Architect of the Capitol

With House Defiant, Senate Eyes a 2-Month Highway Bill

Neither chamber wants to pass the other's bill, so a 60-day measure has emerged as a possible fallback.

Democrats might be his opposition, but the House is Mitch McConnell's enemy.

Facing an end-of-the-week deadline, a Congress itching to go home for the August recess, and an interchamber gulf over how to fund the nation's roads and whether to revive the Ex-Im Bank, the Senate majority leader's most likely option may be to put forward a bill extending the Highway Trust Fund for two months.

That would be an annoying yet familiar setback for a Senate that hopes to pass a long-term, six-year bill—the longest such reauthorization in a decade.

"You know, it's harder than it looks," said Majority Whip John Cornyn of threading the differences between the House and Senate, which are both controlled by the Republicans for the first time in eight years.

"If they in the end don't take up our bill and pass it, then we could do a short-term two-month extension," added Cornyn. "And then they could pass the House version, and then we could meet in the conference committee to work out the differences."

The House already has passed a five-month patch to give negotiators time to figure out a long-term deal using tax repatriation on corporate profits overseas to pay for future transportation projects. House Majority Leader Kevin McCarthy backed his chamber's bill Monday, and bluntly said, "We're not taking up the Senate bill."

"We are set to depart on Thursday," he added. "How do you bring up a more than 1,000-page bill that deals with it and send it to the House on the day of departure?"

GOP senators are still of the mind-set, as Sen. John Hoeven of North Dakota put it, that the "No. 1" priority is to pass their bill, which is funded for three years in part by cutting dividends paid by the Federal Reserve to large banks. But Hoeven says that GOP members also have talked about a 60-day option.

"I would have an open mind on a 60-day extension if they say that's what they need to truly consider," said Hoeven. "We're trying to stay focused on getting them to agree. We should get this done."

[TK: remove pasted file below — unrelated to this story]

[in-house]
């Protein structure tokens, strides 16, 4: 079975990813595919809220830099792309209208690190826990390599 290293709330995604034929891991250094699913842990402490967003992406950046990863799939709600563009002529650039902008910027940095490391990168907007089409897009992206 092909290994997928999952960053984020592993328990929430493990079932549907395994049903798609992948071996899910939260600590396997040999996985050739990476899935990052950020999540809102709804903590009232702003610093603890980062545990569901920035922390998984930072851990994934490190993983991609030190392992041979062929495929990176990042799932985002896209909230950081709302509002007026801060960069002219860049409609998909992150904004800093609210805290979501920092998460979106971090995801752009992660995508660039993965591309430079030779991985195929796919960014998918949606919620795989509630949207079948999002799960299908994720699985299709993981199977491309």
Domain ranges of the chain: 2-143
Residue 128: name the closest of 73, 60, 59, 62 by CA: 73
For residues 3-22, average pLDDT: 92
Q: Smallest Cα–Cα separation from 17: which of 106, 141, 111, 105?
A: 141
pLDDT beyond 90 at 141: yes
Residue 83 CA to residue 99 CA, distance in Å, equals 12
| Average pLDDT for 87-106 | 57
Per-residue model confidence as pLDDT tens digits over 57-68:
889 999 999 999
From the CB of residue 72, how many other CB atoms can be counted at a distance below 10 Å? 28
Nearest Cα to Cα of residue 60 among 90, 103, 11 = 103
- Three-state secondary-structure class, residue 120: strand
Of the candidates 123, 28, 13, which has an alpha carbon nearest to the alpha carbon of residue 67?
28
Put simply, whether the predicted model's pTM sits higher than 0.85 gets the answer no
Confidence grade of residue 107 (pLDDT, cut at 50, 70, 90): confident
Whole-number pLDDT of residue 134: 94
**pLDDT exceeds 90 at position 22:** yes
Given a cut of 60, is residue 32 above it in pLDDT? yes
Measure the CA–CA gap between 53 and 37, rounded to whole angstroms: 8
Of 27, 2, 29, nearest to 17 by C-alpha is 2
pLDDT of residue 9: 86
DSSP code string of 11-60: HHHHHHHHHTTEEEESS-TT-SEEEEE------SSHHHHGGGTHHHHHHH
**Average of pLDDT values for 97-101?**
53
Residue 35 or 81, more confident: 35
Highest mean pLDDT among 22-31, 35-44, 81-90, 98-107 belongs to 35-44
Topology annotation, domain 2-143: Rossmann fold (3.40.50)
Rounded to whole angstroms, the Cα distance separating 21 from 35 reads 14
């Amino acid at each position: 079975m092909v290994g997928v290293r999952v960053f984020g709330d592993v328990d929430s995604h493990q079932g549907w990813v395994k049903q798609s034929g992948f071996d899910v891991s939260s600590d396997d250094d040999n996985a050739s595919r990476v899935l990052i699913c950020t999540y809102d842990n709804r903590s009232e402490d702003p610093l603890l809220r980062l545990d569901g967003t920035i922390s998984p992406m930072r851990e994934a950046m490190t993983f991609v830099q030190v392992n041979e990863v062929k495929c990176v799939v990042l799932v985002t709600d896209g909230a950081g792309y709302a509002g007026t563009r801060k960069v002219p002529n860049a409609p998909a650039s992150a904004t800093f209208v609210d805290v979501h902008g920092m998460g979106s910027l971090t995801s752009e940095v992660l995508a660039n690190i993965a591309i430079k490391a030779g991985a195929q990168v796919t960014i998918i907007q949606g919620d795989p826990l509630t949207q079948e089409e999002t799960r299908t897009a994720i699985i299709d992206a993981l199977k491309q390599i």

House Republican leaders complain that McConnell's bill does not fully offset the spending it would authorize. Instead, House leaders have said they want to use some tax changes to pay for a longer-term highway bill, an idea McConnell has spurned.

But McCarthy insisted that the House's five-month bill should be taken up, noting that it makes more sense than asking the House to pass another shorter-term bill.

"When you look at a two- to three-month bill, it almost costs you the same as five months," McCarthy said. "So why—if you already have it sitting in the Senate, and it's clean—why wouldn't you take that?"

A two-month patch does have its problems, but Cornyn said one controversial topic would be taken off the table: the reauthorization of the Export-Import bank, which has provided loan guarantees to U.S. exporters for decades until conservatives blocked its charter last month.

The House Republican conference is split on reauthorizing the Ex-Im Bank, as are the chamber's top GOP leaders. Boehner has long said he promised the bank's opponents that if the Senate attaches an extension of the charter to highway funding, he would allow a separate vote on the charter.

Yet a group of pro-Ex-Im Bank Republicans were holding out hope that the Senate would do the hard work for them. They met Monday night with bank proponents, and according to a source in the meeting, the group believes a Senate-passed highway-funding extension with Ex-Im attached to it would allow them a vote in the House to extend the bank's charter.

If, however, the Senate passes a clean extension, the group is pushing leaders to allow them to amend it to add a reauthorization of the bank.

The Senate's short-term fix also would align the debate over how to fund the nation's roads and bridges with the government's overall funding deadline of Sept. 30, which will provoke a spirited battle between those who do and don't want to bust across-the-board caps on spending.

The House's five-month plan, on the contrary, could align the highway fight with a debate over raising the debt ceiling, which could happen sometime between October and December.